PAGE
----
Embracing what my lived experiences taught me, after downright refusing to send my girls to any other Minneapolis Public School and then threatening to take them out of the district, my children were granted entry into Kenwood Elementary School.

I choose Kenwood for my daughters because it was one of the few arts magnets left in the city, with an active parent community and high academic standards fused with critical thinking as a framework. I was, however, not in any disillusionment about the fact that just because this school had deep resources that my children would automatically benefit from them.  I volunteered in the classroom and became a member of the site council to ensure that I would know about every opportunity available for my kids, and advocate for them to be able to take advantage.

Like most public schools in Minneapolis, Kenwood is run by mostly white women, many of whom are struggling with strategies to ensure Black and Brown children feel included, respected, and valued. My presence is to ensure my children’s survival — both for their spirit and their academics.

Unlike the more recent debate among many white “progressive” families who are claiming to be good stewards of democracy by investing in their community schools while looking down on Black and Brown families for seeking alternatives — whether it be schools outside the district, charter schools, or private schools — I am here to say: my struggle is not your struggle. My children will complete their elementary education at Kenwood, outside of their area school designation, and for my oldest who will be in middle school next year we are applying for private schools.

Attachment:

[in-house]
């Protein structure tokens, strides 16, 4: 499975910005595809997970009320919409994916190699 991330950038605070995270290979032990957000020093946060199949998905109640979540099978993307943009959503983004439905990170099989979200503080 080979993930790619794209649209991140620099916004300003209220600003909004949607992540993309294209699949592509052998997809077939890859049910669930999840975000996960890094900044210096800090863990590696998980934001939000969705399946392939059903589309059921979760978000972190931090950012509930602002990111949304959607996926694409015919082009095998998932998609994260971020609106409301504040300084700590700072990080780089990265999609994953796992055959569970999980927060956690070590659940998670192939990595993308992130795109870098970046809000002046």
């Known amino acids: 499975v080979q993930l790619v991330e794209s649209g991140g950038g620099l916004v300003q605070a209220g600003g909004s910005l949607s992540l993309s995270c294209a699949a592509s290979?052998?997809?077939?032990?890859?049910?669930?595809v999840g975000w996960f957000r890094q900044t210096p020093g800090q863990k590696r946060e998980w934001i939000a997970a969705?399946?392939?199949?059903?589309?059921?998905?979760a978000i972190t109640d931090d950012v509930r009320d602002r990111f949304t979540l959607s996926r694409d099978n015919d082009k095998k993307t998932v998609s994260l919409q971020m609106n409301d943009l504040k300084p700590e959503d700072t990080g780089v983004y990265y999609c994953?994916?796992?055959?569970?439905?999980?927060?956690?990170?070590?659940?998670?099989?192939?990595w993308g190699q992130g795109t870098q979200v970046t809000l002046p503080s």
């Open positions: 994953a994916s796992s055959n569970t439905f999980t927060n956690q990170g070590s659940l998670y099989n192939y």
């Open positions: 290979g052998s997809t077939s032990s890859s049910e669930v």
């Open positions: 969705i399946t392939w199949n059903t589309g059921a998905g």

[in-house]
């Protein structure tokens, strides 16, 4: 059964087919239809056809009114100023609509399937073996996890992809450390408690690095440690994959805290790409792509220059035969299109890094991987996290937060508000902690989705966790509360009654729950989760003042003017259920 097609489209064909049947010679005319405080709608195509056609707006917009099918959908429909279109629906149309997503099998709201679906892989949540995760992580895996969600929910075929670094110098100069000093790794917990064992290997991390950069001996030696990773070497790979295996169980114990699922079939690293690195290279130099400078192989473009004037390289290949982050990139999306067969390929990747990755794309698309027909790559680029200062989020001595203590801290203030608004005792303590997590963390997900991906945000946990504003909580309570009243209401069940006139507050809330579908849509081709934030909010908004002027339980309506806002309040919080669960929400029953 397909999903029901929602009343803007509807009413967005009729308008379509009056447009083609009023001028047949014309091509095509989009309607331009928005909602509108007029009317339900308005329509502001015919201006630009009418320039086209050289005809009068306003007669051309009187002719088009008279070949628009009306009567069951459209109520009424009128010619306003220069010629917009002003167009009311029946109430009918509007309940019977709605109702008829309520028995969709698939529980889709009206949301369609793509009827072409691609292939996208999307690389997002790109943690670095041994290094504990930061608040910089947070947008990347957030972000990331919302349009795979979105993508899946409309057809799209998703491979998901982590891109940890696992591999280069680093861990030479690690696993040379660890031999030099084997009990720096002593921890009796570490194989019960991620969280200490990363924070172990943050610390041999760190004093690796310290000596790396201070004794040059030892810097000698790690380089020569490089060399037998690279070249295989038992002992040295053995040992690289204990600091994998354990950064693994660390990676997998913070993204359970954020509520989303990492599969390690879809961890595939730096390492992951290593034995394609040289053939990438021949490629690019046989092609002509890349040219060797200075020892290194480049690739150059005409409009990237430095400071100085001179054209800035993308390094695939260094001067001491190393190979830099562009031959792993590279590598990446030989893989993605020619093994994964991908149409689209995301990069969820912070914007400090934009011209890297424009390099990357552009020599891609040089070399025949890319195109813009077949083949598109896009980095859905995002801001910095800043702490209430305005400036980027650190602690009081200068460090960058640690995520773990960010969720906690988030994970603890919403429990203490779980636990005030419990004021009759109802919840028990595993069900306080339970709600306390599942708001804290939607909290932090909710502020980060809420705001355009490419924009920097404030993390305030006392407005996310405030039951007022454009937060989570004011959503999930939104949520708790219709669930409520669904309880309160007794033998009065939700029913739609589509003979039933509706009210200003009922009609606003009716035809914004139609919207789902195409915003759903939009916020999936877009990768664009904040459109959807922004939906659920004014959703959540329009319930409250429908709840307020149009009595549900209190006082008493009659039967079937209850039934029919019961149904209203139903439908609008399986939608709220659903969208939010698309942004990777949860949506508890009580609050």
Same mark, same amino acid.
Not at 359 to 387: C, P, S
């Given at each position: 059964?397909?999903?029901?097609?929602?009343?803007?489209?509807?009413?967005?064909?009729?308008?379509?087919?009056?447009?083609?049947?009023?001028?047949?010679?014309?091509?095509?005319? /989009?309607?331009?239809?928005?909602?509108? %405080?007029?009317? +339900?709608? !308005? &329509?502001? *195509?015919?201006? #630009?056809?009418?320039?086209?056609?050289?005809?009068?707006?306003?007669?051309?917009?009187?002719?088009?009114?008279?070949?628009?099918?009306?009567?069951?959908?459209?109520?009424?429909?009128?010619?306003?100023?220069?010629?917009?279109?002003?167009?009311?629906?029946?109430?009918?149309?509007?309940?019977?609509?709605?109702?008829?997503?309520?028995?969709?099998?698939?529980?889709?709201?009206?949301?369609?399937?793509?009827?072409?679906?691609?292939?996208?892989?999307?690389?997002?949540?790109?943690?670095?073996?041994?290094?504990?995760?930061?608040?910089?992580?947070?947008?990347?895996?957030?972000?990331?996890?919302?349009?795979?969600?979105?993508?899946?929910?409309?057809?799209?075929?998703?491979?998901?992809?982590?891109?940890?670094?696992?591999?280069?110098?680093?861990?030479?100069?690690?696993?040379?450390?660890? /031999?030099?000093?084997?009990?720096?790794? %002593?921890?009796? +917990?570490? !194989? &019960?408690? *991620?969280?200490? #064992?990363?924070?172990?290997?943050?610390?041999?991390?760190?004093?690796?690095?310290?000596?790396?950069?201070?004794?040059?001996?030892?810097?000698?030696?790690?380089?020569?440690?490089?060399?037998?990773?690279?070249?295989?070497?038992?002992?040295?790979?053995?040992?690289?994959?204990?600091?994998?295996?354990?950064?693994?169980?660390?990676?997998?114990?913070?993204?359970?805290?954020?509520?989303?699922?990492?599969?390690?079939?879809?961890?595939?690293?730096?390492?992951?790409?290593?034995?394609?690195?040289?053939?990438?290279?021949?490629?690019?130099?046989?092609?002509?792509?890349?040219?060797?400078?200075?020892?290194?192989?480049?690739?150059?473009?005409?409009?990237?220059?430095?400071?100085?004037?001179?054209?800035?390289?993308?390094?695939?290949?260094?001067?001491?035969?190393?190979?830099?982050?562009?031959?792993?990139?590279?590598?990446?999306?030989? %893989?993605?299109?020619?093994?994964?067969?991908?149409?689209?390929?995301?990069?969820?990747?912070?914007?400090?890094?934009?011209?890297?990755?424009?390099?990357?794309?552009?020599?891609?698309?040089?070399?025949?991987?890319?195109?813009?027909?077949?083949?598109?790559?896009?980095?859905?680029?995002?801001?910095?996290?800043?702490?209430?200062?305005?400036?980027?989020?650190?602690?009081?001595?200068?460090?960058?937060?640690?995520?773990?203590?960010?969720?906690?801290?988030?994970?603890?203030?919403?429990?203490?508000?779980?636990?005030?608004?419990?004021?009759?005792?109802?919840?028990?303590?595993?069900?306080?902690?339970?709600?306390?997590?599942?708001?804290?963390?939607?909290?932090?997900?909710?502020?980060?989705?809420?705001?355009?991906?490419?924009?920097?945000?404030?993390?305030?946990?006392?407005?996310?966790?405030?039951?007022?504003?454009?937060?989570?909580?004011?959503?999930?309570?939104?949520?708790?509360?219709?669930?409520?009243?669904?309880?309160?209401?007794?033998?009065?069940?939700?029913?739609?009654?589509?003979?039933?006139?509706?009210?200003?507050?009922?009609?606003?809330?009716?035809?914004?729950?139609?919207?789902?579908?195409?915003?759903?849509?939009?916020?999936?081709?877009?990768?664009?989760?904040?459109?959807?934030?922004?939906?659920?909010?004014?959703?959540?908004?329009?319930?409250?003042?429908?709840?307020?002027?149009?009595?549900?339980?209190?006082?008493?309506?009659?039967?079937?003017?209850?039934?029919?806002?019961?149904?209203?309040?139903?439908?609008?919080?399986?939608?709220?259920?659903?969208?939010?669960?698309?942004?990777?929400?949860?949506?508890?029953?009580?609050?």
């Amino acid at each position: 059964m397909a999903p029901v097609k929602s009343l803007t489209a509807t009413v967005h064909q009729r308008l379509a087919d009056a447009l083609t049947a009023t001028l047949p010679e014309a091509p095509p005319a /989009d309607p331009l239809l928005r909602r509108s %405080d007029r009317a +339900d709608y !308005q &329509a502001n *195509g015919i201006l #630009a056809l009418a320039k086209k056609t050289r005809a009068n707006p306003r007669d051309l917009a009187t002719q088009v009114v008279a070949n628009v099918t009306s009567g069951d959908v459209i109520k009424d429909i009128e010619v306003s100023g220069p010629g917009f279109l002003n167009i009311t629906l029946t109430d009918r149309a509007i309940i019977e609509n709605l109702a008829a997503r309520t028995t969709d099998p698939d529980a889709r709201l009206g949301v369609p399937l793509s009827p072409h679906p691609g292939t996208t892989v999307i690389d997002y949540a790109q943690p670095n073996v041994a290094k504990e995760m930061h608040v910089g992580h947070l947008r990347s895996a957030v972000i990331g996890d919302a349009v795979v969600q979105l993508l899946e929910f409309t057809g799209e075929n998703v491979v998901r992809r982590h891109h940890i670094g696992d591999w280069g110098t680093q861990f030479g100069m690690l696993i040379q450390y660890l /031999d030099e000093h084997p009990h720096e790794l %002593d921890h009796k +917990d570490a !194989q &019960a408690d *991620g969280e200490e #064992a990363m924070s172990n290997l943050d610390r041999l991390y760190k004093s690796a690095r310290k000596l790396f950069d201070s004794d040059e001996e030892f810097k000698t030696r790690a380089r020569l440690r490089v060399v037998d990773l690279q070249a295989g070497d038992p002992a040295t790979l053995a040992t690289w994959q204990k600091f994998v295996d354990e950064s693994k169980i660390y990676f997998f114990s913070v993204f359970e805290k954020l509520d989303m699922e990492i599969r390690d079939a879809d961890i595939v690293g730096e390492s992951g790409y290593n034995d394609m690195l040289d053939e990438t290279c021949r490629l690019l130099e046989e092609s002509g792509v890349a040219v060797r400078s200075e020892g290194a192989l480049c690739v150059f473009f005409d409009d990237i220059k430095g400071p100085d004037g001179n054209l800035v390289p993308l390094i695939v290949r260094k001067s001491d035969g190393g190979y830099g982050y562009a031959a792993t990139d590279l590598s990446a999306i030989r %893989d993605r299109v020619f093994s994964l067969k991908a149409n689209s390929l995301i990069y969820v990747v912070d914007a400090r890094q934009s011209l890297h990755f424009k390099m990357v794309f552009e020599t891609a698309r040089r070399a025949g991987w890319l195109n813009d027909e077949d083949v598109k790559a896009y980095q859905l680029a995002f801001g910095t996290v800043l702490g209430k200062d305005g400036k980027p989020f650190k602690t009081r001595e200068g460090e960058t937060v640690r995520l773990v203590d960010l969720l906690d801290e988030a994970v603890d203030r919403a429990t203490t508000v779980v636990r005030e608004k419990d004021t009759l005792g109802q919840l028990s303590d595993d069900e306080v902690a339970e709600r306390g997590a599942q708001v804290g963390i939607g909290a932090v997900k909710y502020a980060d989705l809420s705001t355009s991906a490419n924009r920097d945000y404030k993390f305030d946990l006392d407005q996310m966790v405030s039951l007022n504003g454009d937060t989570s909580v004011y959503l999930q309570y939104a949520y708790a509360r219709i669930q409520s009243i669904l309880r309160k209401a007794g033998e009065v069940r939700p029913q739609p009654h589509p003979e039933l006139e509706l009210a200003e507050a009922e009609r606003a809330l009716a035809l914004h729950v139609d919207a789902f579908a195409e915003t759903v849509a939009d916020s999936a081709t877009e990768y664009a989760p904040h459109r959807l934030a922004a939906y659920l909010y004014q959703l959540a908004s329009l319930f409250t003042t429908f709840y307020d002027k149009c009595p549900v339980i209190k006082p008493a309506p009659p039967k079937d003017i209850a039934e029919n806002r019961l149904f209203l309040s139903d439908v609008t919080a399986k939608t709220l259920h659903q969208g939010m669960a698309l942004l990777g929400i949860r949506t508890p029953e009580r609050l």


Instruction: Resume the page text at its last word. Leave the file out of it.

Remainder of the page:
I will never allow the public-school system to experiment on my children’s education and social-emotional wellbeing in an effort to prove something to a nation that has never built an institution for my children’s success. That is simply not a risk I am willing to take.

 

 

I will not sacrifice my children’s education for hollow linguistic commitments to racial equity.

 

 

I will not sacrifice my young Black girls mental and emotional health for a version of diversity that tokenizes them. I will absolutely not believe that me being a good steward of democracy and investing in my local underachieving community school will deliver results of success for my children — when in actuality it’s an experiment in equity and diversity that history proves will only benefit white children.

Finally, free market ideology assumes that all people irrespective of race, gender, class, and place can make the same choices, but that is an illusion.

I accept that my career has provided a level of financial stability that opens up more options for my family, and afforded me the time to be active in my children’s school. However, most Black families in Minnesota cannot make the same commitments — not because they don’t care, but because they are simply trying to survive economically in a state with one the largest disparities between Black and white families in the nation. So, then, what happens to their children?